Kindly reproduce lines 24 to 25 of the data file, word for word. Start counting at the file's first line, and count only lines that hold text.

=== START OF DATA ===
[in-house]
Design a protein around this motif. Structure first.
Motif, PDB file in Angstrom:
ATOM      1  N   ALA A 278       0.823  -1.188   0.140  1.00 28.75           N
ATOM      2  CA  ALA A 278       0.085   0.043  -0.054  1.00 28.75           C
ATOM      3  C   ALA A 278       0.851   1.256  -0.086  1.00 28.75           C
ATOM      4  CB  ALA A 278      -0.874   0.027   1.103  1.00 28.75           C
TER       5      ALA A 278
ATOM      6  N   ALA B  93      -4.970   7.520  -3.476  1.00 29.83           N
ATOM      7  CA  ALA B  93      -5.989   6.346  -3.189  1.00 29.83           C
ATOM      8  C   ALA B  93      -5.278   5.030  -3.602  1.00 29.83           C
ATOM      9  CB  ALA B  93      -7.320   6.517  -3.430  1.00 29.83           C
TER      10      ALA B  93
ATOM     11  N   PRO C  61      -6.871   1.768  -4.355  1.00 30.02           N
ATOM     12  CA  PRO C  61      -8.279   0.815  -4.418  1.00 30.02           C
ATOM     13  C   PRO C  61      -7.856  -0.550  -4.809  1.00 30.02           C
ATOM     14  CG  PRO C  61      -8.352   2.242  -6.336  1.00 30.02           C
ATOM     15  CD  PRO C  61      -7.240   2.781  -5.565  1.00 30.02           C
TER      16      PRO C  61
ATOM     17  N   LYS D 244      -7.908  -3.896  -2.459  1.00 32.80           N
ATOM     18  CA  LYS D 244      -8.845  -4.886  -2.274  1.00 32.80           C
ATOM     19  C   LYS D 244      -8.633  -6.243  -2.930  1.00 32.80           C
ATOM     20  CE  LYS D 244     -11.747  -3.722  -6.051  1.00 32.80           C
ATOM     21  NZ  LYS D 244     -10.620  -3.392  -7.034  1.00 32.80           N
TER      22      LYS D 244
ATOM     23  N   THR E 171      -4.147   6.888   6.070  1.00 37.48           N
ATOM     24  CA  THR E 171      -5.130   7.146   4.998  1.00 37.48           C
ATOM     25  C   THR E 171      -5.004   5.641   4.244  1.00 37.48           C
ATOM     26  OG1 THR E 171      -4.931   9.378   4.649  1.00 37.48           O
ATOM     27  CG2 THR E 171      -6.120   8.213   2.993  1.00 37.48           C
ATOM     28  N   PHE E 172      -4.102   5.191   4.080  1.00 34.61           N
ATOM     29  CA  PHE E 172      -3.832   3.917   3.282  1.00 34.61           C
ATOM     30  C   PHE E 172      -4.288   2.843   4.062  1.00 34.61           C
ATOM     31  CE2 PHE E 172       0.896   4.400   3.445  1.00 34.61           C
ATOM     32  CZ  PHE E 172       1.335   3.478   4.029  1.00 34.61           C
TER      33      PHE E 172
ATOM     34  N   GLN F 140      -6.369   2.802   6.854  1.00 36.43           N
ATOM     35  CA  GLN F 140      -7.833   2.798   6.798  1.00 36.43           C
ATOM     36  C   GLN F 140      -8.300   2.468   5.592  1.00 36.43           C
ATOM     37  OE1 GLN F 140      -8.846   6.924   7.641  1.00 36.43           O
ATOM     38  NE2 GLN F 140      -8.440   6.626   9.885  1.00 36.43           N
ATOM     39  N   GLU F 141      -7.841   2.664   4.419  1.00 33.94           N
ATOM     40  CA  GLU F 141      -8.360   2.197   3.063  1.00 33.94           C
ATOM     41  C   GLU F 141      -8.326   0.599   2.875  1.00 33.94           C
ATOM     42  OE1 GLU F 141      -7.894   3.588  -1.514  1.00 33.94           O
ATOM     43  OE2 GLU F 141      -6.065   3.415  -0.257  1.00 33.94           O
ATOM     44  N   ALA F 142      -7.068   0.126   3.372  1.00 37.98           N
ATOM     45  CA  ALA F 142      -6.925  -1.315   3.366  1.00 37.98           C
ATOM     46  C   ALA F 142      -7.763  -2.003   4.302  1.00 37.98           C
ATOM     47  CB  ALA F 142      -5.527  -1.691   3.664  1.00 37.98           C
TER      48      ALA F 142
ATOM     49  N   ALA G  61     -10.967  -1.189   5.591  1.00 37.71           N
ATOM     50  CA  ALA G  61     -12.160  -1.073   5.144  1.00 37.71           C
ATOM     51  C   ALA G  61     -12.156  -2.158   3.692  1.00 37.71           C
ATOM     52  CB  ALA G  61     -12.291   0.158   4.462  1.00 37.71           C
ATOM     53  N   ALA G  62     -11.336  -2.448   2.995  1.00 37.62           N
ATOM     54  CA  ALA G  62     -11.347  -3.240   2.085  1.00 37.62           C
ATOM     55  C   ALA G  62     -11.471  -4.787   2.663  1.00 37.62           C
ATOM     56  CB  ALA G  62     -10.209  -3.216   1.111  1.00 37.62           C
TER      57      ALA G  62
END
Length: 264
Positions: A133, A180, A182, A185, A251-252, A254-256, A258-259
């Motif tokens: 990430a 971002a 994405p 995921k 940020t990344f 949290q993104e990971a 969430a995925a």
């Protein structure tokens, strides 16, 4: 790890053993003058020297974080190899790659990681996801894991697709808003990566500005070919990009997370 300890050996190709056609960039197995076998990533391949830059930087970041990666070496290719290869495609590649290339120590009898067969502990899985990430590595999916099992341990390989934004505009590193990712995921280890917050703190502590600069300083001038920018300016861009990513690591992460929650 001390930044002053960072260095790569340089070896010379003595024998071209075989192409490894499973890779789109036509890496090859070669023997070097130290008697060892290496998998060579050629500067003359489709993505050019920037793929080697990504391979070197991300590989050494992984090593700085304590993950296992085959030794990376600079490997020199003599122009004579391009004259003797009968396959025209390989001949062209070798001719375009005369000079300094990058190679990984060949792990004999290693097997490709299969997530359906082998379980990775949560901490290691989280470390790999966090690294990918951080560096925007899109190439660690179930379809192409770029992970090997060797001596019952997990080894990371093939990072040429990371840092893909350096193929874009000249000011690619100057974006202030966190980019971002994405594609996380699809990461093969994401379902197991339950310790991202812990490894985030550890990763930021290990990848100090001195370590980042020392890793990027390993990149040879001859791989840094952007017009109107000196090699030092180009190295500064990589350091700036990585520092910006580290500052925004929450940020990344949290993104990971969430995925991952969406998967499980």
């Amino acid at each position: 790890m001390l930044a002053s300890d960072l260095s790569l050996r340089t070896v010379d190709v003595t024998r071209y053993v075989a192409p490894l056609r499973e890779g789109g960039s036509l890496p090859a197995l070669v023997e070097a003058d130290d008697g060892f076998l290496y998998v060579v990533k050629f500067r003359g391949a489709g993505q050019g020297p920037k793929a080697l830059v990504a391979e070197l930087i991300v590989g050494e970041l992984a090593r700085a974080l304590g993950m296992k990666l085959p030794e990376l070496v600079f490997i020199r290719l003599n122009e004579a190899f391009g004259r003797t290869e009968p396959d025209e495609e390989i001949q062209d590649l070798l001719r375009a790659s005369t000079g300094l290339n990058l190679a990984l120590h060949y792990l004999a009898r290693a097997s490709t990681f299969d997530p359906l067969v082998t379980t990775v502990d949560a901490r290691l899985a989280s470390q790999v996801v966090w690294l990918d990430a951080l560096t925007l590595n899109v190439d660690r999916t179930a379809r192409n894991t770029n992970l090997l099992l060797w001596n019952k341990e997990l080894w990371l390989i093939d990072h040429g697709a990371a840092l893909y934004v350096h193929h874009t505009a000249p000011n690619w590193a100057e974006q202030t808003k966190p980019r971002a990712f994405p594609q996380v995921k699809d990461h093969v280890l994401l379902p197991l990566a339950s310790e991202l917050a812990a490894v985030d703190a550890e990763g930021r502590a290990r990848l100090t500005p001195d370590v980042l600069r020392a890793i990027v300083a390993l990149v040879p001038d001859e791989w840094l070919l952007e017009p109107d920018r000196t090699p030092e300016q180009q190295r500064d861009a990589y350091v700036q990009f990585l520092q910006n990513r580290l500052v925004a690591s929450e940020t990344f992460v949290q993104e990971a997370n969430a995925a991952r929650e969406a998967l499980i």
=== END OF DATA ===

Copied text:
ATOM     21  NZ  LYS D 244     -10.620  -3.392  -7.034  1.00 32.80           N
TER      22      LYS D 244